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COVID-19 Give/Receive Assistance



L.A. County recently launched a COVID-19 Disaster Help Center website and hotline to help workers and businesses navigate available assistance:

Phone: 833-238-4450 (weekdays 8 a.m. - 4:30 p.m.)
Email: This email address is being protected from spambots. You need JavaScript enabled to view it.


  • Small businesses affected by the coronavirus pandemic can apply for $349 billion in loans from the federal Paycheck Protection Program.
  • The State of California is providing $50 million in loan guarantees to businesses that don't qualify for the federal aid, "including low wealth and undocumented immigrant communities."
  • The City of L.A. is offering emergency micro-loans between $5,000 and $50,000 to small businesses affected by the coronavirus.
  • The Jewish Free Loan Association is offering interest-free and fee-free loans that can be turned around in a matter of days to folks impacted by coronavirus, for anything from everyday expenses to childcare to lost wages. You do not need to be Jewish to apply.



Gov. Gavin Newsom is also encouraging people whose jobs have been affected by the coronavirus outbreak to apply for unemployment or disability. And the federal government recently passed a bill requiring employers to pay sick leave and family leave. Read our guide on that here.


  • For the closest food pantry or food bank, visit the Los Angeles Food Bank Pantry Locator.
  • The Los Angeles LGBT Center has opened their Pride Pantry with both drive up and foot pick up available via appointment.
  • Everytable is offering meals to all Angelinos in need, including food distribution for seniors who need food brought to their homes, food for students and food for groups.
  • People4PeopleLA is shopping for and delivering food, medicine and household supplies to elderly Angelinos and others who cannot leave their home during the pandemic. Call 707-390-0269 or email This email address is being protected from spambots. You need JavaScript enabled to view it. to make a request.
  • Eastside Riders is providing free breakfast for students in Watts from 8:00 a.m. to 10:00 a.m.
  • LA Dream Center in Silver Lake is providing free meals for all LAUSD students from 7:30 a.m. to 6:30 p.m.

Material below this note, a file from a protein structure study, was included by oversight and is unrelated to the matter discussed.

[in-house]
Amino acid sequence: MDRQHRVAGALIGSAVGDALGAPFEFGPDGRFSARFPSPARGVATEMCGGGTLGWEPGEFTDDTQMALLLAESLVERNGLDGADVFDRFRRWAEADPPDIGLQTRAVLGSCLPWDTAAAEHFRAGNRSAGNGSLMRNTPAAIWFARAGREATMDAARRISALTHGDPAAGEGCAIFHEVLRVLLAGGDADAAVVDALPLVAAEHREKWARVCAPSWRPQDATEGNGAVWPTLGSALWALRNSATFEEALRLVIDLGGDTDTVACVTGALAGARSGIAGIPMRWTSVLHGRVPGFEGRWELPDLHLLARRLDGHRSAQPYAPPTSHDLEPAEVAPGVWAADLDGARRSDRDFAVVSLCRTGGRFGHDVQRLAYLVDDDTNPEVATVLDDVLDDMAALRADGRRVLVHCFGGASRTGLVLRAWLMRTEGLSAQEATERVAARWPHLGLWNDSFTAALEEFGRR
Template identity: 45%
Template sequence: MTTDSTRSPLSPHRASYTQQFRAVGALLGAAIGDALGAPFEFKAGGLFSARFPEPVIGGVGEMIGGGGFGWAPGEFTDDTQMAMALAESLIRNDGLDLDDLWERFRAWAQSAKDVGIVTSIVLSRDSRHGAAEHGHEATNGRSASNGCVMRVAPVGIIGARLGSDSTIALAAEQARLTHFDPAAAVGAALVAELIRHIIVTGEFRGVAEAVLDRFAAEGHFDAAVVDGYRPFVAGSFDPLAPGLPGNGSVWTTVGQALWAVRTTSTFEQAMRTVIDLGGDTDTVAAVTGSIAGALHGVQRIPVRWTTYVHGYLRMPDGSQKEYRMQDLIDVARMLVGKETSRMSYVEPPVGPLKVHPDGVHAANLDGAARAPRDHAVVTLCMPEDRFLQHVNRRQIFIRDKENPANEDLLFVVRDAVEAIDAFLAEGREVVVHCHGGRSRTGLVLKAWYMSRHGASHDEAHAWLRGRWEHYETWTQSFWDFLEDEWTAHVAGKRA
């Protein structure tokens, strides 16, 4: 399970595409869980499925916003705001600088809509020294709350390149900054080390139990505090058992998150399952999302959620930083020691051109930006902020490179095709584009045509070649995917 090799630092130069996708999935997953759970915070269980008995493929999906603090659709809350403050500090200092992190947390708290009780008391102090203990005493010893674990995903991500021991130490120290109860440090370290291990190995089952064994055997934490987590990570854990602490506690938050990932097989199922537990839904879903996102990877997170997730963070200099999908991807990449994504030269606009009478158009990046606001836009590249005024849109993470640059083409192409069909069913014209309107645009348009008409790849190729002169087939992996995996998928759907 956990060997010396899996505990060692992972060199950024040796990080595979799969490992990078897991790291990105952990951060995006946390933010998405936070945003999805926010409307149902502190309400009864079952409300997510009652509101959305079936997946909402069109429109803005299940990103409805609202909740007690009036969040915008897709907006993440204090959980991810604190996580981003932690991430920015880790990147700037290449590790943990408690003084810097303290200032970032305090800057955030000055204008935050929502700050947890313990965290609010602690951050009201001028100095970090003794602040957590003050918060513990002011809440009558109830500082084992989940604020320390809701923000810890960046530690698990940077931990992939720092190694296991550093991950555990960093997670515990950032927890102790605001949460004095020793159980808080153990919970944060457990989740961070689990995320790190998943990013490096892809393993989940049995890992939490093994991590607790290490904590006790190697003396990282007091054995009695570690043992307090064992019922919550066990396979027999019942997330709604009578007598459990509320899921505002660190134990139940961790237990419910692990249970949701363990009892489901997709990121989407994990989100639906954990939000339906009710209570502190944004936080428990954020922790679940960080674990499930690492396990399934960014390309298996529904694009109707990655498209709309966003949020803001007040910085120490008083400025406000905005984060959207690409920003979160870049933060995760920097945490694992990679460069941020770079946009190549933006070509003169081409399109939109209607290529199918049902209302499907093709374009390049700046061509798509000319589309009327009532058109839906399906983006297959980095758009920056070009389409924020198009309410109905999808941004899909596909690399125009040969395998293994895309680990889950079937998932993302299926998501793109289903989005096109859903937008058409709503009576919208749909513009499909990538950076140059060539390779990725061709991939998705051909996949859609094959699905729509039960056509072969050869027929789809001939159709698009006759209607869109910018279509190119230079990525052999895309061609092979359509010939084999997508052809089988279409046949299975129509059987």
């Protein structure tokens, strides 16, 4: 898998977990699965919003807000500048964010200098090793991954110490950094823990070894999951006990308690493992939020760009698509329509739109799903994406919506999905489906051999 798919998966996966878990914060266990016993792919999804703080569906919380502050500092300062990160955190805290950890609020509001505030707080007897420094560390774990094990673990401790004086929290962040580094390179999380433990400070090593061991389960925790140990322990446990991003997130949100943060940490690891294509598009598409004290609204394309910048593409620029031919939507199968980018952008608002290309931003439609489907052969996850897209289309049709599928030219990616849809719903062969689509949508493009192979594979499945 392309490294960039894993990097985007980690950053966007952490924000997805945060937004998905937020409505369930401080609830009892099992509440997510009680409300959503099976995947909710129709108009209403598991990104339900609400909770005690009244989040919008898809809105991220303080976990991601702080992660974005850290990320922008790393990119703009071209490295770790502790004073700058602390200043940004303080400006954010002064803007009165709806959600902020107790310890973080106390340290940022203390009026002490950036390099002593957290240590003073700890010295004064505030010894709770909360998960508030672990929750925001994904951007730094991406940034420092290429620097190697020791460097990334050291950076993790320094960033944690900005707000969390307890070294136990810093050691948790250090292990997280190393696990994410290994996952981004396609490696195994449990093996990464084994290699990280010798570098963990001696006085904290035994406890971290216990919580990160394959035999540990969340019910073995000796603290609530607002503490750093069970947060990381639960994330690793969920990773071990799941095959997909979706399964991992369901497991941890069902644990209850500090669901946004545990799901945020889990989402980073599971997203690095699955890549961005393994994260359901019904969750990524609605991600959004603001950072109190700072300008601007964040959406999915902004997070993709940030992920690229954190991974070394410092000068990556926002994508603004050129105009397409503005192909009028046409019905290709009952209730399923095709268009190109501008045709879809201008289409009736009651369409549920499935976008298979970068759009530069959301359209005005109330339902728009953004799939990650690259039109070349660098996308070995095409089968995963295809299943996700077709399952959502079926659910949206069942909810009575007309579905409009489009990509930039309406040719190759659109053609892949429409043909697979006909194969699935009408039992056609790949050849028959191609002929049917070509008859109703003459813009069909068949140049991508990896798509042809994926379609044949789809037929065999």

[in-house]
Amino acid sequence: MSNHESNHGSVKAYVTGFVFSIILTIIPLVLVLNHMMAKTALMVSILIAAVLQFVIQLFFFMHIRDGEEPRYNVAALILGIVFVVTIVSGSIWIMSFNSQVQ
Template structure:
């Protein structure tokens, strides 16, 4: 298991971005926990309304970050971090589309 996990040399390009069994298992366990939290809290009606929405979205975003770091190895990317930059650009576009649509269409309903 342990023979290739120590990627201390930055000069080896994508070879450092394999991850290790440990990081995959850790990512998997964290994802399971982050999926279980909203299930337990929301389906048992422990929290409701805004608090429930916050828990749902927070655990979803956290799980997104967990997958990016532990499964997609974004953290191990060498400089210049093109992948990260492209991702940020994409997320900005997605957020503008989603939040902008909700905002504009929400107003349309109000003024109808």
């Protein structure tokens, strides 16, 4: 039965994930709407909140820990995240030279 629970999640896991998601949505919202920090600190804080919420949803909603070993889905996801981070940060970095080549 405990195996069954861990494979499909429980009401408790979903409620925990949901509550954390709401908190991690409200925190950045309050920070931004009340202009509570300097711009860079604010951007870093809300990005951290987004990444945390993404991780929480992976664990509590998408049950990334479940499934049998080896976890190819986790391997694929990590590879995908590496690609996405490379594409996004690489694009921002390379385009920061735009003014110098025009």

• TEACH Academy of Technologies is offering free meals for pick-up to all children ages 5 through 17, with a valid student ID from any school. Meals are provided between 9:30 a.m. and 12:00 p.m.
  • Hugo's kids menu will be free for guests 12 and under throughout the LAUSD closure.
  • Los Angelitos Bakery is offering one free bread to children ages 5 to 13, Monday through Friday from 12:00 p.m. to 2:00 p.m.
  • The City of Lynwood is offering free meals from 2:00 p.m. to 3:00 p.m. for kids of all ages.
  • El Torito restaurants are offering free (take-out only) meals to all kids ages 12 and under.
  • Toast in Whittier, The Benediction in City of Industry and The Dylan in Brea are offering free take-out breakfast burritos to kids ages 6 to 12 Monday through Friday from 7:00 a.m. to 8:00 a.m.
  • Acapulco Restaurant y Cantina is offering free (take-out only) meals to kids ages 12 and under at all their locations.

LALC & Bullet Bar Pantry

This branch of LALC CAReS - Community Assistance Resource Service - is for those in need of food supplies, clothes, toiletries, etc. and is proudly sponsored by The Bullet Bar.

We are offering either no contact pick-up, or delivery services.

All Shoppers and Delivery volunteers will wear a mask, gloves and use sanitizer for your safety and ours.

Also check out these maps we put together of school sites and community centers offering free meals for kids for pick-up.


  • CVS Pharmacy will waive charges for home delivery of prescription medications.
  • Walgreens is waiving delivery fees for all eligible prescriptions during this evolving situation and any purchase on Walgreens.com.


You can also check out this crowd-sourced list of resources in Los Angeles (note: this is an external list that we have not vetted).



For businesses that want to reopen, there's a kit to download with the official process.


If you’d like to make a donation to the LALC/Bullet Bar Pantry please contact Michael at This email address is being protected from spambots. You need JavaScript enabled to view it.. Please include "Pantry Donation" in the subject line.